Judge’s Ruling Allows Open Carry of Guns in Elementary School

Posted by jhingarat21 on 11th Aug 2015

Police responded to Clio’s Edgerton Elementary after a man open carried a pistol on his hip into the school Wednesday, Sept. 4, 2013. CLIO, MI – A judge has ruled that a Clio-area father can legally open carry his pistol inside of his daughter’s elementary school despite a legal challenge from the school district. Genesee Circuit Judge Archie Hayman on Monday, Aug. 10, ruled in favor of Kenneth Herman, who filed the lawsuit March 5 in Genesee County Circuit Court against the Clio Area School District after he was denied access to Edgerton Elementary multiple times while attempting to pick up his daughter because he was open-carrying a pistol.

“The ruling today does not come as a surprise, the law is the law,” Herman said after Hayman’s decision. “Now that Clio Area Schools have heard the ruling, read the laws and the Court of Appeals case law has been explained to them, I they stop burning through tax dollars fighting the law and common sense.” School officials and district attorney, Timothy Mullins, could not be reached for comment on the decision.

Herman sued the district after it declared all of its properties weapon-free zones and banned him from openly carrying his firearm in its buildings. State law prevents people from carrying concealed firearms on school property. However, the law allows individuals with concealed pistol licenses to openly carry their firearms in schools. Herman is a CPL holder. The district in July filed a motion asking Hayman to dismiss the entire case because it claims it is based on a “fundamental misunderstanding of Michigan Law.” Much of Herman’s lawsuit focused on a 2012 Michigan Court of Appeals decision stemming from a case that involved Michigan Open Carry. The decision stopped a Lansing library group from banning the open-carrying of firearms on its properties. But the district argued Herman and Michigan Open Carry are incorrectly interpreting the appeals court decision, saying the ruling does not apply to school districts. The district argued that state law allows districts to enact policies to safeguard students and, therefore, allows them to institute firearm bans.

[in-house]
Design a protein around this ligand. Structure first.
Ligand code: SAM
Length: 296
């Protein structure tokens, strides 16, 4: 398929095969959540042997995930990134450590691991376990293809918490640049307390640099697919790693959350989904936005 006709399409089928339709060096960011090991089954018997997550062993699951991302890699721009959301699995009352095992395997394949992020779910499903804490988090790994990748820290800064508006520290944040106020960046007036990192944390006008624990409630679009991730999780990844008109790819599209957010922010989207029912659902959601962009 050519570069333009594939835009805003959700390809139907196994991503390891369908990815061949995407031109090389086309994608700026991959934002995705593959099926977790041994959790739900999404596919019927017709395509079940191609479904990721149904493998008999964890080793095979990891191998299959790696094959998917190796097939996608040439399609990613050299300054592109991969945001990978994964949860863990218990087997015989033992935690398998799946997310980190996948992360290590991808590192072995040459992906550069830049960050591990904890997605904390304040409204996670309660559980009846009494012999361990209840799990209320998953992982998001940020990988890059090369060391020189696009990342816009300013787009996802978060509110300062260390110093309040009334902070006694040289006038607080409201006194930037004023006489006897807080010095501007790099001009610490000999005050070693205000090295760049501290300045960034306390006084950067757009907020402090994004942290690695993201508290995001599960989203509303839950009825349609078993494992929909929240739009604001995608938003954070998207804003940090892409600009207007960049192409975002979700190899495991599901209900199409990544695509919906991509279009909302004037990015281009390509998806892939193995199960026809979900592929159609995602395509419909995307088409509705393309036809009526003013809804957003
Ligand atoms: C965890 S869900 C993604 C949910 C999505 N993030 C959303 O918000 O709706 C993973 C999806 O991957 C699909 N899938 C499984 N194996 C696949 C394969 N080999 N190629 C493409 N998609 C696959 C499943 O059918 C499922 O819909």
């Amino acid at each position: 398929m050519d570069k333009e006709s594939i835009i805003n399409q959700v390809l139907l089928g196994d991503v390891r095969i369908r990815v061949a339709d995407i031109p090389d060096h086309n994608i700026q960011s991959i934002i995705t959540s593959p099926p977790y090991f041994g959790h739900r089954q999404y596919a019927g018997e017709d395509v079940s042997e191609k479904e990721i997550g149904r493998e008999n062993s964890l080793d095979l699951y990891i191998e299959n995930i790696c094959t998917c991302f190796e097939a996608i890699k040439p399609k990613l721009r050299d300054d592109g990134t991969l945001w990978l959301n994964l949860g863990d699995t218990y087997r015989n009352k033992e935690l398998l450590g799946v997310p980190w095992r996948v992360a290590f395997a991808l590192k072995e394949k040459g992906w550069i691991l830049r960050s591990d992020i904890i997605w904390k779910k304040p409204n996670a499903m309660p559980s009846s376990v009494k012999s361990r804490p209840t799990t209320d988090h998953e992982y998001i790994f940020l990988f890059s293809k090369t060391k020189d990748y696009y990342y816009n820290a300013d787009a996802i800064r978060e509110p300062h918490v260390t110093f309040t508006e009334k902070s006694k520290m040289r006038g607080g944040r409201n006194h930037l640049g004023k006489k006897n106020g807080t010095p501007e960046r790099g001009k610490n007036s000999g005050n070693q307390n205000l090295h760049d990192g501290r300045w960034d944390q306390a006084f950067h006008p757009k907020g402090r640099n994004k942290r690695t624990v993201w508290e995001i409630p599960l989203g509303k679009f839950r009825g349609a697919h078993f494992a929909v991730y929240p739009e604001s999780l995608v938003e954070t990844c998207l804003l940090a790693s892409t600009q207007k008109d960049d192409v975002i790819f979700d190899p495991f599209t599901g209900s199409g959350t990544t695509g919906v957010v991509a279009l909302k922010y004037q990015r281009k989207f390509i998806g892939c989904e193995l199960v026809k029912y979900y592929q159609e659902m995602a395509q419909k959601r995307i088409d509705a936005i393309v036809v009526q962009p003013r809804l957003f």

But, Hayman sided with Herman and Michigan Open Carry’s argument that the ability to create local weapon policies is beyond the legal authority of the school district and its attempt to do so intrudes upon the lawmaking authority of the state, which has created laws to allow open carry of firearms on school grounds for some people. Herman said he hopes Clio school officials do not violate Hayman’s order and he looks forward to carrying his firearm in the future. The Ann Arbor school district is also named in a similar, separate lawsuit filed after the district banned guns on school property.

Original Article Here

Join Our Newsletter and Receive 10% OFF Your First Order!

Discount not applicable on new products.